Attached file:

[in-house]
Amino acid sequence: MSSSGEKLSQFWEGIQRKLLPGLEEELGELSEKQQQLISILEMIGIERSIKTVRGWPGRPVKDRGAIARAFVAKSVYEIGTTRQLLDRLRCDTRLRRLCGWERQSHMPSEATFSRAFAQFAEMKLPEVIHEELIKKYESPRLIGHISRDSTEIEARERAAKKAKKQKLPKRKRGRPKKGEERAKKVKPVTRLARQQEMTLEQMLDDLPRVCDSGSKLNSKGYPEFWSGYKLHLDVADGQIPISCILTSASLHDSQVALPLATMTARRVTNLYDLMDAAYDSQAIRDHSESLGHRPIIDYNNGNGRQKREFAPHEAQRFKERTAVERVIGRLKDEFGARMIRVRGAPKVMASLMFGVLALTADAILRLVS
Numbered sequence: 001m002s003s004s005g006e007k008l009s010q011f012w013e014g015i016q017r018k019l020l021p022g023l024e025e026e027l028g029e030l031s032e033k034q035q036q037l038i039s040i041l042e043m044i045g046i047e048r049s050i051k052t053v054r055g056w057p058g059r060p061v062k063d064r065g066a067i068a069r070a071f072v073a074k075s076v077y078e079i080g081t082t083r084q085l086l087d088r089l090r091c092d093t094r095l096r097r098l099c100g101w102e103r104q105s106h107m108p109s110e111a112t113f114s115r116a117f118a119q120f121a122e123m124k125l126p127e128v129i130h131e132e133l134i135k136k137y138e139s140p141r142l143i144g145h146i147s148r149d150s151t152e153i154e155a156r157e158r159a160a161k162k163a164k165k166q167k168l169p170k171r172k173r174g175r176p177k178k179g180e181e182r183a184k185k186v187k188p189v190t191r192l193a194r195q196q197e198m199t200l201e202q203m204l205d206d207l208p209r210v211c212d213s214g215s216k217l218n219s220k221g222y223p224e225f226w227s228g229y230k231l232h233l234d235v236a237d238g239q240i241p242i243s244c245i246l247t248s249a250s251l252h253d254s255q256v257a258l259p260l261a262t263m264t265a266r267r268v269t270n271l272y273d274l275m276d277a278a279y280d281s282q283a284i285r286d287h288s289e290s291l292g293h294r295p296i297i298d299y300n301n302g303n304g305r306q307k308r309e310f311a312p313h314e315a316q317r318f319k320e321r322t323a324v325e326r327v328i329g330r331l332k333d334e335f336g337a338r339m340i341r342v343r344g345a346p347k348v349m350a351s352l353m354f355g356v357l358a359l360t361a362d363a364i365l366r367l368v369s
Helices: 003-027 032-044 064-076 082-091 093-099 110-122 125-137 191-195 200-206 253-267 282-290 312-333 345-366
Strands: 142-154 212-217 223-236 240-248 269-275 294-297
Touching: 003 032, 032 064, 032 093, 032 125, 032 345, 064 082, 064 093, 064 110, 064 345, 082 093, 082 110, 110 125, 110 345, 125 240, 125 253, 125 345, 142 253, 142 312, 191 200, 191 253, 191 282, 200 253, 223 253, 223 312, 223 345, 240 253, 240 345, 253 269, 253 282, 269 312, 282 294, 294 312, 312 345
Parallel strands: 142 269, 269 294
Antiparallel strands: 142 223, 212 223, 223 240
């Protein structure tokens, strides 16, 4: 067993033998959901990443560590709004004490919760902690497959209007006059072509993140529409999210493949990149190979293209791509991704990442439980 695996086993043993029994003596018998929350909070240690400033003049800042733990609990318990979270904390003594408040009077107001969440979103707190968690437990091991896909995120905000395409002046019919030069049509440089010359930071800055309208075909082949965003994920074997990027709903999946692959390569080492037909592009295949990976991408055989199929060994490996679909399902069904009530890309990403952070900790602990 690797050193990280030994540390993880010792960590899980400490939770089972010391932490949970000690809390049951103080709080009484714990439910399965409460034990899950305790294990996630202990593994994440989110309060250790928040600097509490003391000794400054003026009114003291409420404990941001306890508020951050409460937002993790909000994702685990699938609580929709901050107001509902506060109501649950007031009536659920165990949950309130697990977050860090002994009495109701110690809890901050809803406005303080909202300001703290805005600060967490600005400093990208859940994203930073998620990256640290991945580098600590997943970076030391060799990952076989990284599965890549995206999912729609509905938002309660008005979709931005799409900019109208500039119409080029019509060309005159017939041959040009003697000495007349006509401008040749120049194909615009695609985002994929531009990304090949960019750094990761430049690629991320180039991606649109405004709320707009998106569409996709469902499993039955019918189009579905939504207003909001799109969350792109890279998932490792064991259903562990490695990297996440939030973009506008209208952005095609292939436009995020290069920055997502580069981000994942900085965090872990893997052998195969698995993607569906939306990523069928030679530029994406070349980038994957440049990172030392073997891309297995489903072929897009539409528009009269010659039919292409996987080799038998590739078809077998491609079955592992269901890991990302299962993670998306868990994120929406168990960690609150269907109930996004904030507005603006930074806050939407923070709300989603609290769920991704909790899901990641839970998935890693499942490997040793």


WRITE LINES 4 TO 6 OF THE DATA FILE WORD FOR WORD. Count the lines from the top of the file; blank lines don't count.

Helices: 003-027 032-044 064-076 082-091 093-099 110-122 125-137 191-195 200-206 253-267 282-290 312-333 345-366
Strands: 142-154 212-217 223-236 240-248 269-275 294-297
Touching: 003 032, 032 064, 032 093, 032 125, 032 345, 064 082, 064 093, 064 110, 064 345, 082 093, 082 110, 110 125, 110 345, 125 240, 125 253, 125 345, 142 253, 142 312, 191 200, 191 253, 191 282, 200 253, 223 253, 223 312, 223 345, 240 253, 240 345, 253 269, 253 282, 269 312, 282 294, 294 312, 312 345